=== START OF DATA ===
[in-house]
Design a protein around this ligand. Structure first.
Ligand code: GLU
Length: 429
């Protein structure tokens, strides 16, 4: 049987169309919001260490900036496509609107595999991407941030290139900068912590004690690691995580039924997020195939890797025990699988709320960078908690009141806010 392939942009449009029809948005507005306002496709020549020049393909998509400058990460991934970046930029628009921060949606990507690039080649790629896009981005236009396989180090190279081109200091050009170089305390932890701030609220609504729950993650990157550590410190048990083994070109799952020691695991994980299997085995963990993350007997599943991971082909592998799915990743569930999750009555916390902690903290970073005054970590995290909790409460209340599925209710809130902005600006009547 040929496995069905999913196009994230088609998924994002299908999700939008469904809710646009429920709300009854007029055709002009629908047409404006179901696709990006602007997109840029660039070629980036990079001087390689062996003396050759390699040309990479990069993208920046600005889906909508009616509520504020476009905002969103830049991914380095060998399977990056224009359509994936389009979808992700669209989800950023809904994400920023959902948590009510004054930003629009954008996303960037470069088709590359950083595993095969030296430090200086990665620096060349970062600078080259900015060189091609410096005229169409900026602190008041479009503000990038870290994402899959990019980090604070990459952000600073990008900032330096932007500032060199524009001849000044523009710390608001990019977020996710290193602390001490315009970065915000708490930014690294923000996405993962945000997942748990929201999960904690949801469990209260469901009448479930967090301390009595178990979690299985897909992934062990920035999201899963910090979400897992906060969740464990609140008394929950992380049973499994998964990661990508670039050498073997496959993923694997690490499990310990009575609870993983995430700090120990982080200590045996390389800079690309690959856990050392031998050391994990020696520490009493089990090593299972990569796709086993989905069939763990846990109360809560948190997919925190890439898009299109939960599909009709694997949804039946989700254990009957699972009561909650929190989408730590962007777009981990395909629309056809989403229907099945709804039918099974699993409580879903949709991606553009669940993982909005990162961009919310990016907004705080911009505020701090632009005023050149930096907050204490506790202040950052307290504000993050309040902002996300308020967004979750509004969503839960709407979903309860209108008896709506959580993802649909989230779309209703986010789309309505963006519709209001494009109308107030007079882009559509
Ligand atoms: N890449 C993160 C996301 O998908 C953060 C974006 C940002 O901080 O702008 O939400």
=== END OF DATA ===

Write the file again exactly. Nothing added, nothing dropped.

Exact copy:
[in-house]
Design a protein around this ligand. Structure first.
Ligand code: GLU
Length: 429
């Protein structure tokens, strides 16, 4: 049987169309919001260490900036496509609107595999991407941030290139900068912590004690690691995580039924997020195939890797025990699988709320960078908690009141806010 392939942009449009029809948005507005306002496709020549020049393909998509400058990460991934970046930029628009921060949606990507690039080649790629896009981005236009396989180090190279081109200091050009170089305390932890701030609220609504729950993650990157550590410190048990083994070109799952020691695991994980299997085995963990993350007997599943991971082909592998799915990743569930999750009555916390902690903290970073005054970590995290909790409460209340599925209710809130902005600006009547 040929496995069905999913196009994230088609998924994002299908999700939008469904809710646009429920709300009854007029055709002009629908047409404006179901696709990006602007997109840029660039070629980036990079001087390689062996003396050759390699040309990479990069993208920046600005889906909508009616509520504020476009905002969103830049991914380095060998399977990056224009359509994936389009979808992700669209989800950023809904994400920023959902948590009510004054930003629009954008996303960037470069088709590359950083595993095969030296430090200086990665620096060349970062600078080259900015060189091609410096005229169409900026602190008041479009503000990038870290994402899959990019980090604070990459952000600073990008900032330096932007500032060199524009001849000044523009710390608001990019977020996710290193602390001490315009970065915000708490930014690294923000996405993962945000997942748990929201999960904690949801469990209260469901009448479930967090301390009595178990979690299985897909992934062990920035999201899963910090979400897992906060969740464990609140008394929950992380049973499994998964990661990508670039050498073997496959993923694997690490499990310990009575609870993983995430700090120990982080200590045996390389800079690309690959856990050392031998050391994990020696520490009493089990090593299972990569796709086993989905069939763990846990109360809560948190997919925190890439898009299109939960599909009709694997949804039946989700254990009957699972009561909650929190989408730590962007777009981990395909629309056809989403229907099945709804039918099974699993409580879903949709991606553009669940993982909005990162961009919310990016907004705080911009505020701090632009005023050149930096907050204490506790202040950052307290504000993050309040902002996300308020967004979750509004969503839960709407979903309860209108008896709506959580993802649909989230779309209703986010789309309505963006519709209001494009109308107030007079882009559509
Ligand atoms: N890449 C993160 C996301 O998908 C953060 C974006 C940002 O901080 O702008 O939400």